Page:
The burden to show disability rests with the claimant at steps one through four, but if the analysis reaches step five, the burden shifts to the Commissioner to show that a significant number of jobs exist in the national economy that the claimant could perform. 20 C.F.R. §§ 404.1520(e) & (f), 416.920(e) & (f); Tackett v. Apfel, 180 F.3d 1094, 1098-1100 (9th Cir. 1999). If the Commissioner demonstrates a significant number of jobs exist in the national economy that the claimant can perform, the claimant is not disabled. 20 C.F.R. §§ 404.1520(g)(1), 416.920(g).


Before proceeding through the five-step evaluation, ALJ Atkins found that Burns had "acquired sufficient quarters of coverage to remain insured through March 31, 2009, " meaning Burns had to establish disability on or before that date to be entitled to disability insurance benefits. Tr. 569-70. At step one, the ALJ found that Burns had not engaged in substantial gainful activity since 2006. Tr. 572. At step two, the ALJ found that Burns had the "following severe impairments: residual effects of traumatic brain injury, with temporal bone fracture and chronic residual headaches; degenerative disc disease of the cervical spine; and alcohol abuse disorder." Tr. 572. At step three, the ALJ found Burns's impairments did not meet or equal the requirements of a listed impairment under 20 C.F.R. Part 404, Subpart P, Appendix 1. Tr. 572. Next, the ALJ found that, from February 19, 2007, through December 31, 2010, Burns had the following RFC:

[C]laimant had the residual functional capacity to perform light work as defined in 20 CFR 404.7567(b) and 416.967(b) except: lift twenty pounds occasionally and ten pounds frequently; stand and walk six hours total of an eight-hour day; no sitting limitations; occasionally climb ramps and stairs, but no other climbing; avoid concentrated exposure to hazards such as heights and dangerous machinery; occasionally crawl and crouch; remember and carry out simple, one to two step demands, but would have difficulty with more detailed tasks; might have difficulty maintaining concentration for extended periods, but able to sustain over an eight-hour workday if given breaks every couple hours; occasional public contact; and routine, casual interactions with co-workers and supervisors.

Tr. 575. At step four, the ALJ found that Burns could not perform any past relevant work since February 19, 2007, the date Burns suffered his traumatic brain injury. Tr. 576, 580. Prior to January 1, 2011, the ALJ found that Burns could work as a room cleaner, laundry worker, and small products assembler. Tr. 581. After January 1, 2011, however, the ALJ found that Burns had greater limitations. Tr. 582. The ALJ's new RFC included the same pre-2011 limitations and a new limitation that Burns "would on an occasional basis suffer marked deficits in concentration and attention." Tr. 582. The eroding of Burns's skills led the ALJ to find him disabled as of January 1, 2011, and Burns was thus entitled to SSI benefits beginning on that date. Tr. 584. Burns was not entitled, however, to disability benefits because he was not disabled between his filing date of March 20, 2007, and March 31, 2009, the date he was last insured. Tr. 584.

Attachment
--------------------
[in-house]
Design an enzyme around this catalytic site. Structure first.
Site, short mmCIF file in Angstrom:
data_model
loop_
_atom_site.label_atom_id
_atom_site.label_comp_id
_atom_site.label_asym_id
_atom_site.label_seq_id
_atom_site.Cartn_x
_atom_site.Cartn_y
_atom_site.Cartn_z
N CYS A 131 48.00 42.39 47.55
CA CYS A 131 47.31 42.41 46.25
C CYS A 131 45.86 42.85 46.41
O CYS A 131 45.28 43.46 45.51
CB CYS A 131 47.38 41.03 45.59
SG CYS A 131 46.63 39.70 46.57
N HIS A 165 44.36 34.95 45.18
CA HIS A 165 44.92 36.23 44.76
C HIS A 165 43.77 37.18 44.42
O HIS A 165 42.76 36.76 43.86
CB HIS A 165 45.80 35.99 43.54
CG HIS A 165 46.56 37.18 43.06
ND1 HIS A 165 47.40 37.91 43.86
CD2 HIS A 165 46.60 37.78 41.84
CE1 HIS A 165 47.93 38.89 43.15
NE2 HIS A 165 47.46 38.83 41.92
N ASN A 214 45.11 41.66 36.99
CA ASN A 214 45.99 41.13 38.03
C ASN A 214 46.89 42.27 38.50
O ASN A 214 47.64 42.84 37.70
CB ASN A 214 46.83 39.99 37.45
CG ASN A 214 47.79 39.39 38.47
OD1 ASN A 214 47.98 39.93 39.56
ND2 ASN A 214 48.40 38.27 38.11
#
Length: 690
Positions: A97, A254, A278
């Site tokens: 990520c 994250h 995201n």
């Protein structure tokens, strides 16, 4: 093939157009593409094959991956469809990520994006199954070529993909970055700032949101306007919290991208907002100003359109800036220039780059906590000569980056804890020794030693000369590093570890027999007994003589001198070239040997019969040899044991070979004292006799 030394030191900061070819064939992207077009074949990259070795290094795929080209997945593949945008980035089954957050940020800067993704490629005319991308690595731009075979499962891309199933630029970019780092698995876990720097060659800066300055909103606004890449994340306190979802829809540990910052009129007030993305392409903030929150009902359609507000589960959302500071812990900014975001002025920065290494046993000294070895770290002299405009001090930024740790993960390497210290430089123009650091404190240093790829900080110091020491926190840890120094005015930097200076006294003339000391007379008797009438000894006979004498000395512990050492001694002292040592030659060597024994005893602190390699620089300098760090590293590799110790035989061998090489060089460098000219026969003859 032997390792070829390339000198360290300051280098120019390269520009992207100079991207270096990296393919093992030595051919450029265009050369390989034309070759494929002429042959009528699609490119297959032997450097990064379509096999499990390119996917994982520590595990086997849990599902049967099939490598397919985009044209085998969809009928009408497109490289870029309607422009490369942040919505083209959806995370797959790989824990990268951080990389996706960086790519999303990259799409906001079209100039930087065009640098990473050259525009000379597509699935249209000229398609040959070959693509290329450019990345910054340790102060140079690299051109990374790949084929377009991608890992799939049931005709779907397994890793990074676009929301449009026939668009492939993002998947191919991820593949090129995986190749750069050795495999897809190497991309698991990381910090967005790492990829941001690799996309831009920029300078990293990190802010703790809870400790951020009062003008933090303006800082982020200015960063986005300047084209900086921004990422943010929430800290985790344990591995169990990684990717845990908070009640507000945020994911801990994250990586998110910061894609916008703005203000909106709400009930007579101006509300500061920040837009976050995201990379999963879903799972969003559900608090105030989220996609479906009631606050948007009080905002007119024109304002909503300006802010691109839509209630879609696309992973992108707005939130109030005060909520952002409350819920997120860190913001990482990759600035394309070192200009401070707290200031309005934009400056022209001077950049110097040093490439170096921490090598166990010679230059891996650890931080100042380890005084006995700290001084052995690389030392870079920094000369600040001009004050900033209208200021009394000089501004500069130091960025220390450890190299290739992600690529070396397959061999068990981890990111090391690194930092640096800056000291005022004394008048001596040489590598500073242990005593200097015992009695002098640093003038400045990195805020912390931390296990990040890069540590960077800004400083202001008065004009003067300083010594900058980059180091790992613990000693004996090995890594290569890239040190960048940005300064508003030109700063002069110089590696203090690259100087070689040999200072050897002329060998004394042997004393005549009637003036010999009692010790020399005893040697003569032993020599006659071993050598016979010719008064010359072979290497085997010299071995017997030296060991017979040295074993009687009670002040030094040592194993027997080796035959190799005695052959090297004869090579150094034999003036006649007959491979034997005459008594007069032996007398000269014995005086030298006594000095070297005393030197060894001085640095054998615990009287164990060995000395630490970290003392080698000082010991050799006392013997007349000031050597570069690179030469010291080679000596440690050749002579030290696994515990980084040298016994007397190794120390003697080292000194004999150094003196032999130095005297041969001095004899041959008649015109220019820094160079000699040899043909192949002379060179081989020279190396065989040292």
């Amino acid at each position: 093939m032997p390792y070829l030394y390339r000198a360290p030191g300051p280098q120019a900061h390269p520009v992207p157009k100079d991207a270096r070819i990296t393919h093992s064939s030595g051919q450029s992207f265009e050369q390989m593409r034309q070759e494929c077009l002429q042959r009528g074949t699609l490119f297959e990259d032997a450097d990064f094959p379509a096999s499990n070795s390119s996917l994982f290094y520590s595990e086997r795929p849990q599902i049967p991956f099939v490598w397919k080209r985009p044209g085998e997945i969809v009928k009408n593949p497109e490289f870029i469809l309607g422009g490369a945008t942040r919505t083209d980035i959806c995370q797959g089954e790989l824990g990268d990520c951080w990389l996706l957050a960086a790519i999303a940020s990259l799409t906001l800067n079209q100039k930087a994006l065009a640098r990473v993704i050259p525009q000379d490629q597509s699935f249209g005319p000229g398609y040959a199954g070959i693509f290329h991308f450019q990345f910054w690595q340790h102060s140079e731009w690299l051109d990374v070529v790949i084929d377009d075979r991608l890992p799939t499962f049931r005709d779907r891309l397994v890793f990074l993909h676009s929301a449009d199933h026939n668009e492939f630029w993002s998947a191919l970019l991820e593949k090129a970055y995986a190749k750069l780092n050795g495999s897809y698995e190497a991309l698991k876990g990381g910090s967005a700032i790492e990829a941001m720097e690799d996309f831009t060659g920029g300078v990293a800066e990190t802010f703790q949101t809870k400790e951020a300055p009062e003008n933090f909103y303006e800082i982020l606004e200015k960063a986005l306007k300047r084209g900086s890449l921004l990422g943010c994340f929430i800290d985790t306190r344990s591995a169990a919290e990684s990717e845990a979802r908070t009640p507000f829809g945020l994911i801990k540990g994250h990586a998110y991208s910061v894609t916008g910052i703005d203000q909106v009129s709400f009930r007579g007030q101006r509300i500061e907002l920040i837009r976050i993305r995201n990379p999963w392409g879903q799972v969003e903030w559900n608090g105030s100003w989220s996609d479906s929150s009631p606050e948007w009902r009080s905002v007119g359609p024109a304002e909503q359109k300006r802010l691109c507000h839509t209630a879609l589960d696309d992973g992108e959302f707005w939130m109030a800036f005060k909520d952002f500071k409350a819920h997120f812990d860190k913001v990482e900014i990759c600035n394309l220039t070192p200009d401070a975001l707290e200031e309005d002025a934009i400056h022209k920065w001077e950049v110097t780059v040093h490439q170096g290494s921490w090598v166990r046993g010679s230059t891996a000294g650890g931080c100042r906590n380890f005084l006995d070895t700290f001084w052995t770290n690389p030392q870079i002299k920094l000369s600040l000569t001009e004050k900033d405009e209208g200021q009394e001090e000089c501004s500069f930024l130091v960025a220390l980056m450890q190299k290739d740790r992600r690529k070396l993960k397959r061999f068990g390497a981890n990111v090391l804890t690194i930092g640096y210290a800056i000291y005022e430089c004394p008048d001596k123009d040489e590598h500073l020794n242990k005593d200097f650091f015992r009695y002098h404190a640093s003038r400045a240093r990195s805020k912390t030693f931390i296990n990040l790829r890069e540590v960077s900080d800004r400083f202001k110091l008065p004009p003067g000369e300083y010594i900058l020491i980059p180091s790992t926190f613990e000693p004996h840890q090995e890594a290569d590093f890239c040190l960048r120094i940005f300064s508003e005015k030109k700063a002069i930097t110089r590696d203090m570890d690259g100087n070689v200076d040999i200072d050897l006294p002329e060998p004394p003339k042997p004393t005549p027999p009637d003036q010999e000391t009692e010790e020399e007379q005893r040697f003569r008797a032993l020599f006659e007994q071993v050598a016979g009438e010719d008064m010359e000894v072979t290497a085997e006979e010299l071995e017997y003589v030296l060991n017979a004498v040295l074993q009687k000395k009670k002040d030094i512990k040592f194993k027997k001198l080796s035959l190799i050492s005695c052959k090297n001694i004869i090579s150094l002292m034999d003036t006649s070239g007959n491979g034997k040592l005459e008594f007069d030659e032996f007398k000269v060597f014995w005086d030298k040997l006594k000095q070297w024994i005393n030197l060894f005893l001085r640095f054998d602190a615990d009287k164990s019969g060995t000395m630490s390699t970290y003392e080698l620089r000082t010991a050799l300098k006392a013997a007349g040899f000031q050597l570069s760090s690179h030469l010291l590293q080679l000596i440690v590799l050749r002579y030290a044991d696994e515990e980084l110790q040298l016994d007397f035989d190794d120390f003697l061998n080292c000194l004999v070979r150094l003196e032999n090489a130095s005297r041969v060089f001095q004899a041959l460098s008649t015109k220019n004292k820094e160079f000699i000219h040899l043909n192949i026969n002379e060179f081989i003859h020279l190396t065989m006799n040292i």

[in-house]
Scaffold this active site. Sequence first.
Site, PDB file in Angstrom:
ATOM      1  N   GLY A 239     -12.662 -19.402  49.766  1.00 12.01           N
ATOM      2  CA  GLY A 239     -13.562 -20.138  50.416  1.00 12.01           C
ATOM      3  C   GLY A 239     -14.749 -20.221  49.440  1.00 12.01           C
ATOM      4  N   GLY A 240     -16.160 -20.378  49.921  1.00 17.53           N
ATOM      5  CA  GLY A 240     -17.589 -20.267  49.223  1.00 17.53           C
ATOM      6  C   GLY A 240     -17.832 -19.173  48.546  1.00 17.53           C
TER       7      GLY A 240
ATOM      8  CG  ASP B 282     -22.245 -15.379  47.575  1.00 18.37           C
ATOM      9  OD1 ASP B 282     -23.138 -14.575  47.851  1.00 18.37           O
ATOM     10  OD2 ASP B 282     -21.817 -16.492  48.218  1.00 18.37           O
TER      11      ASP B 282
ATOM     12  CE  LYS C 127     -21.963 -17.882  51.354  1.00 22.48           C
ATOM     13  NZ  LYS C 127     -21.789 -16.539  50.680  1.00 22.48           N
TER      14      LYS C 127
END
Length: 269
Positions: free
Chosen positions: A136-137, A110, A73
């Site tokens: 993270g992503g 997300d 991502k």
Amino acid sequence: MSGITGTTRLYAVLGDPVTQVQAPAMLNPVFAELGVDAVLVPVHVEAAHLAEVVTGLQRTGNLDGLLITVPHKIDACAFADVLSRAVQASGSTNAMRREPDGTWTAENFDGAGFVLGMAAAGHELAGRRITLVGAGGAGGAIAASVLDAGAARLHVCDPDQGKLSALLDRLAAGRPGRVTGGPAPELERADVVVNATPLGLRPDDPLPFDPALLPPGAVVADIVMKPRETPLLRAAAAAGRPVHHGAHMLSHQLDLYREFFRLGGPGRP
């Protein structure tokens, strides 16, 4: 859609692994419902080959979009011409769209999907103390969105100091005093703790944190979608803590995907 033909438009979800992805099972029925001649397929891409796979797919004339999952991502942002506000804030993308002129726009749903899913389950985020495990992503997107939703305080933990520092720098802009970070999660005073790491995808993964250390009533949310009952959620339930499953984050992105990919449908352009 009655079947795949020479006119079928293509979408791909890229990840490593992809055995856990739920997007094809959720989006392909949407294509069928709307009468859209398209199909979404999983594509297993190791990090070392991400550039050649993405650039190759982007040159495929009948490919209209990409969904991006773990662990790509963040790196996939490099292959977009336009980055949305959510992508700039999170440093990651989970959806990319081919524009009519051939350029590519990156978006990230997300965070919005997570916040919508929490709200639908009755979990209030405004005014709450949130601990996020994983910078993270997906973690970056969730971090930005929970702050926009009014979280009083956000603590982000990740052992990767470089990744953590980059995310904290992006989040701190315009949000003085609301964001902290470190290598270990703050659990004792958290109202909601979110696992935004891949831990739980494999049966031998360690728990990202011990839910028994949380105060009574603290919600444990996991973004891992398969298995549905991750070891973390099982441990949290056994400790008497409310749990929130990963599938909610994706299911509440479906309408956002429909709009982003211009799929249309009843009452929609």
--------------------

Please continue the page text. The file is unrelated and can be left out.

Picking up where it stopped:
The district court must affirm the Commissioner's decision if it is based on proper legal standards and the findings are supported by substantial evidence in the record as a whole. 42 U.S.C. § 405(g); see also Andrews v. Shalala, 53 F.3d 1035, 1039 (9th Cir. 1995). "Substantial evidence means more than a mere scintilla but less than a preponderance; it is such relevant evidence as a reasonable mind might accept as adequate to support a conclusion." Id . The court must weigh all of the evidence, whether it supports or detracts from the Commissioner's decision. Martinez v. Heckler, 807 F.2d 771, 772 (9th Cir. 1986). If the evidence is susceptible to more than one reasonable interpretation, the court must uphold the decision. Andrews, 53 F.3d at 1039-40. A reviewing court must consider the entire record as a whole and cannot affirm the Commissioner by simply isolating a specific quantum of supporting evidence. Robbins v. Soc. Sec. Admin., 466 F.3d 880, 882 (9th Cir. 2006) (citation omitted).


Burns contends the ALJ erred by 1) improperly rejecting the opinion of Dr. Kimberly Goslin, Burns's treating neurologist, 2) improperly rejecting Burns's testimony about his symptoms, 3) improperly rejecting lay witness statements, 4) failing to support with substantial evidence his pre-2011 step five finding that Burns could perform certain occupations, and 5) failing to ...